Industry groups blasted an FAA funding bill sent to Congress this week, saying the new proposed fee structure is unfair. FAA chief Marion Blakey said the proposed legislation, called the Next Generation Air Transportation System Financing Reform Act of 2007, would replace the decades-old system of collecting ticket taxes with a cost-based, stable and reliable funding program that relies on a combination of user-fees, taxes and a federal government contribution to support the development of a new, satellite-based, air traffic control system, called NextGen.
“This new proposal will make flying more convenient for millions of travelers,” said Secretary of Transportation Mary Peters. “Anyone who has experienced the frustration and inconvenience of a delayed flight should take a very close look at what we’re proposing.”
The bill will eliminate the domestic passenger ticket tax and reduce the international arrival and departure tax by 50 percent.
The legislative proposal makes several changes, which the FAA said are designed to improve the ability of airports to meet capital needs and proposes to reform the Passenger Facility Charge Program to enable large and medium sized airports to raise local funds for construction projects. It also will restructure the Airport Improvement Program by better targeting Federal funds.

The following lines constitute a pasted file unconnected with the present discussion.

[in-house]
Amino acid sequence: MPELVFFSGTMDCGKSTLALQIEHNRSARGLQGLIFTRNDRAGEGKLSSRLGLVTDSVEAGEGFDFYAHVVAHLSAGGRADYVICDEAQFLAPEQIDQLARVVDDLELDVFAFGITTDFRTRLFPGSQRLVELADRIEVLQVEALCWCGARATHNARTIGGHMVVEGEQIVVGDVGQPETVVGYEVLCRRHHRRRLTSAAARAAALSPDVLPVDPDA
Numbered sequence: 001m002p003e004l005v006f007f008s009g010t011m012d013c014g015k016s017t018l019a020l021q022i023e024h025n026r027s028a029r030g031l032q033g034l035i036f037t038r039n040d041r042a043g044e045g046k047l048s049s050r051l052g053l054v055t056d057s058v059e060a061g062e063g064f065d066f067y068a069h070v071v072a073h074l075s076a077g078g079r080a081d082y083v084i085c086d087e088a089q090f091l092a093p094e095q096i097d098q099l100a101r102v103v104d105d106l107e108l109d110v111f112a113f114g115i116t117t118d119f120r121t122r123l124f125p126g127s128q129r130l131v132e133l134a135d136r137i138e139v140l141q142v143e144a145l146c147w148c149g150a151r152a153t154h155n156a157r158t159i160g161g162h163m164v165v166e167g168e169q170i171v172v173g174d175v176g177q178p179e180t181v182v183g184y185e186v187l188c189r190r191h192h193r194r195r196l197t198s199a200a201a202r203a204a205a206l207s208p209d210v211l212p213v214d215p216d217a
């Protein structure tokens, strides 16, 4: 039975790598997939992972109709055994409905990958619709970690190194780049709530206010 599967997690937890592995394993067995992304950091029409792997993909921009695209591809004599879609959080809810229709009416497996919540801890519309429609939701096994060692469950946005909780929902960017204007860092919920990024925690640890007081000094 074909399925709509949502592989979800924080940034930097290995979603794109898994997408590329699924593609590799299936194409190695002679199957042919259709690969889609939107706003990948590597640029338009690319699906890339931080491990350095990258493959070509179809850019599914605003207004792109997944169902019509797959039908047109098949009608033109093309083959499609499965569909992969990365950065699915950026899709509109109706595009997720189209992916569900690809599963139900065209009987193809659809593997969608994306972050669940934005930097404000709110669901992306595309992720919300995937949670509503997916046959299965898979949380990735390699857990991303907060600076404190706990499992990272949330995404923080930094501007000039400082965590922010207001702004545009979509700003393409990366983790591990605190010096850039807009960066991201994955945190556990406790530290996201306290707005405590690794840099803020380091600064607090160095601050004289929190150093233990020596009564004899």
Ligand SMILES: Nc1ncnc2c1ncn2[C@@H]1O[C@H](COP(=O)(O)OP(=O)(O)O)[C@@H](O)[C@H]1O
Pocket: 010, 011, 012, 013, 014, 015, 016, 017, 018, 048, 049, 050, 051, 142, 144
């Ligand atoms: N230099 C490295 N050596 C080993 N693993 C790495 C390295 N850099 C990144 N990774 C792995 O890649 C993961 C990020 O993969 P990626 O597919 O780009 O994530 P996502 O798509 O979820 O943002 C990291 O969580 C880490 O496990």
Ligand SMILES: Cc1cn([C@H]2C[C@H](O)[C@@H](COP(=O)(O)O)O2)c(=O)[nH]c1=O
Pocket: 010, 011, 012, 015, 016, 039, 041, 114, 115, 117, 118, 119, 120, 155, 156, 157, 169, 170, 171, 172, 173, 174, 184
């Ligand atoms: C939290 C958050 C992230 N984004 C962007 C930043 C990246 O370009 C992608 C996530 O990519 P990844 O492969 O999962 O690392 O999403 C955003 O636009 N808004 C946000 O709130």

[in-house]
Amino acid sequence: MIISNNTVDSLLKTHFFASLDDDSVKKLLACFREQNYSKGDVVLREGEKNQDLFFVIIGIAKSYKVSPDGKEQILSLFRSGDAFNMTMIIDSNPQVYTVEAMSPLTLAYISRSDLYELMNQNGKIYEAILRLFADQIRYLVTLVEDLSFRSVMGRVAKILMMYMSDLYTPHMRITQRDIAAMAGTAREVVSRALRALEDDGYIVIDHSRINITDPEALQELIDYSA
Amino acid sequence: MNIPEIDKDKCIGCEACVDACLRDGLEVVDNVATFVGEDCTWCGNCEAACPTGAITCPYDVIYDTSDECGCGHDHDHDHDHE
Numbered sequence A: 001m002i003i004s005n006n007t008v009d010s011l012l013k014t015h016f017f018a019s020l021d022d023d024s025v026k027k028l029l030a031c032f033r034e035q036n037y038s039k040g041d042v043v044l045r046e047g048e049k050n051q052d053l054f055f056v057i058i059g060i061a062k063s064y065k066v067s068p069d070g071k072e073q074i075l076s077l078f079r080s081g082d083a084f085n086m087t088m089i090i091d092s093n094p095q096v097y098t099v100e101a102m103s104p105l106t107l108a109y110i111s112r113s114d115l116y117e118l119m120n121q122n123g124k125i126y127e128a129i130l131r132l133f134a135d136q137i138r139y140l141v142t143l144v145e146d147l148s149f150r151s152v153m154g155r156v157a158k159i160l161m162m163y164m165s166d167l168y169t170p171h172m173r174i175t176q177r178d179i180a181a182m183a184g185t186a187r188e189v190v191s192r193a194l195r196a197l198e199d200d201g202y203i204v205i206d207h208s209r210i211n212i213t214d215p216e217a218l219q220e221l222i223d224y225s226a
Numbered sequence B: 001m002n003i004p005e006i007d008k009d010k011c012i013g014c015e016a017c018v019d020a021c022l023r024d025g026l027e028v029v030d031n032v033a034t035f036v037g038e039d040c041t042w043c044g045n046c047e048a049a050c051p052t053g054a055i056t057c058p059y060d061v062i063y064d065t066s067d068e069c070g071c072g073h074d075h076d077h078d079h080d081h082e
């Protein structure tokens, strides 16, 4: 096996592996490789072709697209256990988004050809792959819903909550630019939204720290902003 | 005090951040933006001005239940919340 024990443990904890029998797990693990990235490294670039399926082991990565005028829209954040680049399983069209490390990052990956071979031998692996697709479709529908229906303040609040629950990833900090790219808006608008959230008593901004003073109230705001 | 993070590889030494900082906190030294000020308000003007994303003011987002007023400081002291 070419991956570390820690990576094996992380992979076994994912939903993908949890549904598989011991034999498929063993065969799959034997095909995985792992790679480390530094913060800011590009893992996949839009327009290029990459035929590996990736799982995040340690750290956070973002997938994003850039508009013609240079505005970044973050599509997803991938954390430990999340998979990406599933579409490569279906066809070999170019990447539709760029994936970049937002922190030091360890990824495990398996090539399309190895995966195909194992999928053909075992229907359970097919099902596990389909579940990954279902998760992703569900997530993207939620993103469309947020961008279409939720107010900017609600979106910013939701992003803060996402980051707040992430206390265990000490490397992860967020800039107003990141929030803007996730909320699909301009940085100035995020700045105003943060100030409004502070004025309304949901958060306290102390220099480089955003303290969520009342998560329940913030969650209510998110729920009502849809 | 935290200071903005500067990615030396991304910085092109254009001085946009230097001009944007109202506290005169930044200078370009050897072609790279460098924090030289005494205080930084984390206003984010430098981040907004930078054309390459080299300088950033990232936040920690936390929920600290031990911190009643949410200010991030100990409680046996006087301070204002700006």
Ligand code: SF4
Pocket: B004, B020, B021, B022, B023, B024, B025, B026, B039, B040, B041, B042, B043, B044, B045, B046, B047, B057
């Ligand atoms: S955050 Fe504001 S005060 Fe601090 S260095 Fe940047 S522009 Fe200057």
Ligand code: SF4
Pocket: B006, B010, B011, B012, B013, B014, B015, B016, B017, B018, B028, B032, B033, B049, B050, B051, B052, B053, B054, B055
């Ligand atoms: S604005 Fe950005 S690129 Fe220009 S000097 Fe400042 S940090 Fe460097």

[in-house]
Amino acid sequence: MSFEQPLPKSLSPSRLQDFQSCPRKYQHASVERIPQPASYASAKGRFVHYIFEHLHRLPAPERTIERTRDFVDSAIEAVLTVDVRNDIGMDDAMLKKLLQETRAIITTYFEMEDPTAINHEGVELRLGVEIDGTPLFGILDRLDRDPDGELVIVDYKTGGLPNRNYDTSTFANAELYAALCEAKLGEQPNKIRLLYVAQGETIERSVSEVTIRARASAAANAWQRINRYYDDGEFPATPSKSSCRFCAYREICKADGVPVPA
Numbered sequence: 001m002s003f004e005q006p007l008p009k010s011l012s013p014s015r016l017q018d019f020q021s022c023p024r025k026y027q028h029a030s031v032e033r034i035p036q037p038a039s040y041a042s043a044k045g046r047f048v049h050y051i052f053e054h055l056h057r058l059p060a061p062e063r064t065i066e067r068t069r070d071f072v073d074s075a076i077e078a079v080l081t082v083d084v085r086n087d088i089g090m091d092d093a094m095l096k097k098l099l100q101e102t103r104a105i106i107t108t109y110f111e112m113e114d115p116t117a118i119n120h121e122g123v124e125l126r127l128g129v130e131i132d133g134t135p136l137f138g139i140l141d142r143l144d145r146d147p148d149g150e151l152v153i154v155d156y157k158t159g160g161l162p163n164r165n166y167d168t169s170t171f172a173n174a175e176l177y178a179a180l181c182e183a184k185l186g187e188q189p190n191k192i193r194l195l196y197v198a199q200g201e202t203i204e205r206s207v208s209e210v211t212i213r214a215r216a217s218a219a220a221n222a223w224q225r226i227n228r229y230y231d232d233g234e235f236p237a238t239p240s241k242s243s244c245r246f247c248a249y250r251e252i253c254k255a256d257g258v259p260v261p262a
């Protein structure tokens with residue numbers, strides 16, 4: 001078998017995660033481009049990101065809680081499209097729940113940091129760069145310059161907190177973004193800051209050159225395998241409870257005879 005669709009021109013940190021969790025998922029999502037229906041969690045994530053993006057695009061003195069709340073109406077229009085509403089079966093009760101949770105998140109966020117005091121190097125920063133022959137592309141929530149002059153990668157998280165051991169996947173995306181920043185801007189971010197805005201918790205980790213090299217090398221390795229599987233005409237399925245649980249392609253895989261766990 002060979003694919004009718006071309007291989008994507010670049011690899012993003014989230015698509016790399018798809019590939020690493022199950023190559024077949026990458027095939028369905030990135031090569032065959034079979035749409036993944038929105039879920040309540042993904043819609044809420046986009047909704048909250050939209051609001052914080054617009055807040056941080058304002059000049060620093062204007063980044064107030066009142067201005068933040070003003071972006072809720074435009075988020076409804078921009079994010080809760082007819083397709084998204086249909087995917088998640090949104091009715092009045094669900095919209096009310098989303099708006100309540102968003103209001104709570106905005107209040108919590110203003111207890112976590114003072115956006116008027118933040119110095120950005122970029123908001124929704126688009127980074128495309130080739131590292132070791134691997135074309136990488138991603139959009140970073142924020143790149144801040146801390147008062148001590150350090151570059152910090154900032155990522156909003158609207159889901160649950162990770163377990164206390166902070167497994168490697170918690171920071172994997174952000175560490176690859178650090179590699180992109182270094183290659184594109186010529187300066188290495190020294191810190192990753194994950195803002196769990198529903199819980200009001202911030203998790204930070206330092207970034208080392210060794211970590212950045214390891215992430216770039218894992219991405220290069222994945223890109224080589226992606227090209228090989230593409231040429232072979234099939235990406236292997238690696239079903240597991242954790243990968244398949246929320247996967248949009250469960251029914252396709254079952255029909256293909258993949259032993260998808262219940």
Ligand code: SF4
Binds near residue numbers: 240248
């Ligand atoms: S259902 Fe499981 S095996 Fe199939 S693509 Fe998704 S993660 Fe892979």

“The changes proposed by the FAA would overthrow a funding structure that has proven to be stable, reliable and efficient for several decades,” said National Business Aviation Association President and CEO Ed Bolen. “The fact is, the FAA’s scheme promotes radical changes in order to provide a giveaway to the big airlines.”
The General Aviation Manufacturers Association (GAMA) blasted the user-fee provision, saying the new funding mechanism would not solve the shortfalls.
“No one is more committed to the modernization of the national airspace system than aviation manufacturers,” said Pete Bunce, GAMA’s President and CEO. “We must move past this ill-advised user fee proposal and focus the efforts of our industry and government partners to design and implement a modernized air traffic management system.”
Airlines, led by the Airline Transport Association, said the proposal is a solid first step, but it “has deep concerns” about a number of provisions including the elimination of the corporate jet subsidy, establishment of bonding authority and confusion over congested airspace versus congested airports.
“ATA views the administration’s proposal as a starting point for Congress to draw upon as it begins its consideration of the crucial future course of our nation’s air transport system,” said aid ATA President and CEO James C. May.